Autonomous Driving Going Nowhere? Increased Demand for DMS Solutions
Uncertainty in the AV Industry Boosting DMS
What was once believed to be the future of the automotive industry has merely become another pipedream stuck in the pipeline due to lack of sufficient resources and technical capabilities. Gone is the promise of a fully autonomous vehicle answering our every beckoning call.
According to headlines, autonomous driving technology is going nowhere. This news couldn’t come at a worse time for the bleeding-edge industry as the 2023 Euro NCAP (and Global NCAP) regulations start buckling down on the new safety standards. Plus, consumers are becoming increasingly aware of NCAP scores achieved by various car makers, showing a direct correlation to annual sales and revenue generated for each company.
Bumper-to-Bumper Race to Be First
This has the global supply chain in a flurry as manufacturers attempt to comply with the new regulations. In the background, there is a serious race to successfully produce the first FULLY self-driving vehicle, which makes for a hyper-dynamic playing ground for the entire planet.
Don’t forget about going all electric, which is another part of the growing pains we’re seeing car manufacturers experience. To further understand why self-driving cars and AV technology are downshifting gears, we need to closely examine the obstacles ahead that we must overcome.
Why Self-Driving Vehicles Need a Pit Stop
There is a long list of reasons why it’s not working out,, it’s more like a checklist of items we need to address as a global society. It’s ONLY a pit stop. Not a dead end!
- Technology and Pricing
One of the biggest challenges is the technology itself. AVs rely on a variety of advanced sensors and computers to navigate, and while this technology is rapidly improving, it is not yet reliable enough to be used in real-world conditions. Not only that, but the technology is also very expensive. This means that only a small number of people will actually be able to afford them.
With all that technology onboard, more advanced technology and sensors will be needed to make them work. Since the new technology in AVs is still being developed, there are many kinks that need to be worked out. The last thing anyone wants is to be the guinea pig for a new technology that could fail at any moment.
Fortunately, DMS and OMS technology is reliable and more affordable. Although AVs are still in the beginning stages, we know DMS technology has advanced and continues to offer an added layer of security and enhanced safety for our drivers, passengers, and pedestrians.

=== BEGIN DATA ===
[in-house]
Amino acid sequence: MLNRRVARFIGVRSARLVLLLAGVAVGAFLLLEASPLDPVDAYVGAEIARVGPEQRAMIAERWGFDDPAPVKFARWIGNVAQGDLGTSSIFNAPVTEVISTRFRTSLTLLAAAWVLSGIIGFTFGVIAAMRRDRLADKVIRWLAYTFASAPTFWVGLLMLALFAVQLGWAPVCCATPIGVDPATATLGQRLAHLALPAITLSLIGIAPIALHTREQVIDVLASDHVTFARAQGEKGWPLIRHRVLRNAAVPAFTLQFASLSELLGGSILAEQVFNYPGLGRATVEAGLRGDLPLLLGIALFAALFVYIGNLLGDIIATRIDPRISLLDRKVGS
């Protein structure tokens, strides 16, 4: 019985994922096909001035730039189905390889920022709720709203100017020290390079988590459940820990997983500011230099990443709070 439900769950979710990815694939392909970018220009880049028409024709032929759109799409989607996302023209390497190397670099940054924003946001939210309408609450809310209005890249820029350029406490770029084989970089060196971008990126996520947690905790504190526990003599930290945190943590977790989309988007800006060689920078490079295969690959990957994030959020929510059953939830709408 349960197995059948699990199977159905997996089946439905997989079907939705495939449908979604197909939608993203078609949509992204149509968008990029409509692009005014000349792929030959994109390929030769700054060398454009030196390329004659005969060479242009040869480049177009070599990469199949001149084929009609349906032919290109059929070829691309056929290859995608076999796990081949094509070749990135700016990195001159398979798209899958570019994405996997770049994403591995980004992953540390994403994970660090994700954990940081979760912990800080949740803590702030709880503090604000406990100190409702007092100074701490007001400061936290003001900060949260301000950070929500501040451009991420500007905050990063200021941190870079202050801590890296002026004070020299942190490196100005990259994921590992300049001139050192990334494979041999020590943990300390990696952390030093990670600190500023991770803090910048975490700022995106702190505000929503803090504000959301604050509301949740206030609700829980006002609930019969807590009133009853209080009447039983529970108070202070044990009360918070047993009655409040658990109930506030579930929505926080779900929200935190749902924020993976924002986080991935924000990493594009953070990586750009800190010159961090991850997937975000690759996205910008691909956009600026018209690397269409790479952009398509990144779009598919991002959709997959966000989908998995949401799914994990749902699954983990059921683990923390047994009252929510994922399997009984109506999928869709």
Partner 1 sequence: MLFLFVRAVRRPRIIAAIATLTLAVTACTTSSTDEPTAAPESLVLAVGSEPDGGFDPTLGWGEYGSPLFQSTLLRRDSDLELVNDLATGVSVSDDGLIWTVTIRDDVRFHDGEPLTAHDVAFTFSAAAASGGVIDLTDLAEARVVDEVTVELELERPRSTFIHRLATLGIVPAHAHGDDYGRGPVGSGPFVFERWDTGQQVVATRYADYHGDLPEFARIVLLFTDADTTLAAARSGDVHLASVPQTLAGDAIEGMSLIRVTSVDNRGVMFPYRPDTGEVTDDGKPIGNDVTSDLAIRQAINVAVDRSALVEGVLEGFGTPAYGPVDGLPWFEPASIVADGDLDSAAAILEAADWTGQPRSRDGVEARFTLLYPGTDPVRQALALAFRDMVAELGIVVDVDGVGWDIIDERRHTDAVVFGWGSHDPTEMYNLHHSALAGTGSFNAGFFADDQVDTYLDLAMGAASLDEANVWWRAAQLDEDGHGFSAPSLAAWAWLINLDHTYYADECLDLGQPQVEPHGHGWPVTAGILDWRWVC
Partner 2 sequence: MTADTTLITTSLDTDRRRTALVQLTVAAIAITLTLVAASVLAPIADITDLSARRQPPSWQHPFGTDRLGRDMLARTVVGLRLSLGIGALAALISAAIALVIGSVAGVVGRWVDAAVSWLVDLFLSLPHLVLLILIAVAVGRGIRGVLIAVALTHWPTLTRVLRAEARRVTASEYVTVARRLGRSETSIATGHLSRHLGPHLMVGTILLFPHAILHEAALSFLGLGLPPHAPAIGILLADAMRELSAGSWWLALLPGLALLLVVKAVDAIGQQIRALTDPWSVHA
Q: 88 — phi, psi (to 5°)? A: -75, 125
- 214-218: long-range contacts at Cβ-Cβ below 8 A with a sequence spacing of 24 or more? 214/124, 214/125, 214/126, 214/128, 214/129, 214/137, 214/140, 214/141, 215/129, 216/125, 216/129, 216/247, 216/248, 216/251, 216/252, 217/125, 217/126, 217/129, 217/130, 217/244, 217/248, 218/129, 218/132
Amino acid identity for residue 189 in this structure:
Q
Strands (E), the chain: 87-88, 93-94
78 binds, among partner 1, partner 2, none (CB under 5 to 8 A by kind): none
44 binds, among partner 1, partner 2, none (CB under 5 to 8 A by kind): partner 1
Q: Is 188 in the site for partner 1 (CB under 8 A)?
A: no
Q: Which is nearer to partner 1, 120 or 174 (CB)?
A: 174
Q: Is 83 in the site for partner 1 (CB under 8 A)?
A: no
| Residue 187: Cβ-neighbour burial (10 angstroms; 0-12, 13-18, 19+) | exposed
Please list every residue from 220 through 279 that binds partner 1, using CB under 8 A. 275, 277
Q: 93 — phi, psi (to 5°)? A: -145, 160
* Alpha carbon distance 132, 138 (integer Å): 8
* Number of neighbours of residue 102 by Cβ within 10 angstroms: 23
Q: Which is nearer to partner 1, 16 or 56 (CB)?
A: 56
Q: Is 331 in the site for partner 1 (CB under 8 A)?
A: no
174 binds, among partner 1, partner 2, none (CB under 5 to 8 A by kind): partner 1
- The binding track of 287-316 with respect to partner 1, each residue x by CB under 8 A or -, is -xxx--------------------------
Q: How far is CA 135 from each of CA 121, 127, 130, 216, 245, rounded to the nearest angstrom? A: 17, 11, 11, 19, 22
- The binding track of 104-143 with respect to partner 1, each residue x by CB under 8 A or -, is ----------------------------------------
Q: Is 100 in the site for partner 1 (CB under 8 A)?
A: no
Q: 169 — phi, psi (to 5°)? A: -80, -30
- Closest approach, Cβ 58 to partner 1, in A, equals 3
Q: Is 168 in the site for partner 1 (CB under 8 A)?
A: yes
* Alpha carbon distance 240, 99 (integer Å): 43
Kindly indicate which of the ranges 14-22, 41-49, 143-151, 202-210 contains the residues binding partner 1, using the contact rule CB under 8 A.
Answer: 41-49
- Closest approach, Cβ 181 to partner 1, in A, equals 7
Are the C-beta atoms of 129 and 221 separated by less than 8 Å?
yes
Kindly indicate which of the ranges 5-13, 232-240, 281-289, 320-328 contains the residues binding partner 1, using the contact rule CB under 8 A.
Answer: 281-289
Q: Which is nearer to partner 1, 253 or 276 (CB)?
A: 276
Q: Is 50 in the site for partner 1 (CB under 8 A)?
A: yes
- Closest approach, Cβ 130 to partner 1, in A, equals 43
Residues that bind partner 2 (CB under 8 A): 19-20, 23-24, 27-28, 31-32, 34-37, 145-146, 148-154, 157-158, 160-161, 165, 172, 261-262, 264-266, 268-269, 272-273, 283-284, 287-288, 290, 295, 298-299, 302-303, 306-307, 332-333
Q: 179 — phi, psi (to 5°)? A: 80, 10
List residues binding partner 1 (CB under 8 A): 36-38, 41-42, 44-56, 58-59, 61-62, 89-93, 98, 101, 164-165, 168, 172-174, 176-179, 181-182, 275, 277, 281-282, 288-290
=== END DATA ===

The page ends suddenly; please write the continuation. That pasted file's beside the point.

- Infrastructure and Safety Concerns
Another challenge is infrastructure. Our roads and traffic signals are not designed for AVs, and making the necessary changes would be costly and time-consuming. For example, Waymo’s new Robotaxi has the right idea with their geo-fence. However, even if the infrastructure was scaled up, AVs would still need to share the roads with human-driven vehicles, which could lead to more accidents and other problems. Another advantage of DMS is that they do not rely on any physical exterior infrastructure aside from GPS.
Additionally, there have been a number of high-profile accidents involving AVs, which has raised concerns about their safety. There is, however, a psychological challenge involved here.
Many people are still worried about getting into a car that is driving itself. What if something goes wrong? What if the car crashes? These are all valid concerns that need to be addressed before fully autonomous vehicles can become a reality. Since manufacturers know that these issues can be addressed by using DMS, it is more likely to be implemented in more vehicles.
- Risk and Liability
Lastly, there is the major issue of liability. There are many potential scenarios in which a self-driving car could get into an accident. If an AV gets into an accident, who is responsible? The manufacturer? The driver? This is still being sorted out, but it could be a long and drawn-out process.
It’s also important to note that there are legal and regulatory issues that still need addressing. Especially without having an efficient and reliable DMS onboard, self-driving vehicles continue to remain a complex issue with no easy answers.
Currently, most autonomous vehicle manufacturers include language in their warranties and liability policies that shift responsibility to the user in the event of an accident. However, as autonomous vehicles become more prevalent on the roads, it’s likely that this will change.
Why DMS Is Now Considered the Superior Option?
The next best thing to autonomous vehicles is Driver Monitoring Systems, enabling remote assistance and real-time tracking capabilities that are tailored to meet the needs of each vehicle and its users. In-cabin DMS technology helps to alert drivers based on a number of pre-set rules. From driver-drowsiness detection or mobile use, to No Child Left Behind alerts, in-cabin technology has a lot to offer.
DMS enables a driver to record and document their entire experience, from A to Z. The technology for DMS is a lot more affordable to install, as well as upgrade and maintain. In fact, using DMS to monitor your vehicle and driver behavior can even help to reduce insurance premiums. Especially for fleets!
NCAP safety regulations will require vehicle and automotive manufacturers to implement DMS technology starting in 2023. The demand for DMS and Occupancy Monitoring Solutions (OMS) is on the rise regardless of why autonomous vehicles aren’t working out.
To learn more about how Jungo can fit in with your goals, feel free to contact our team.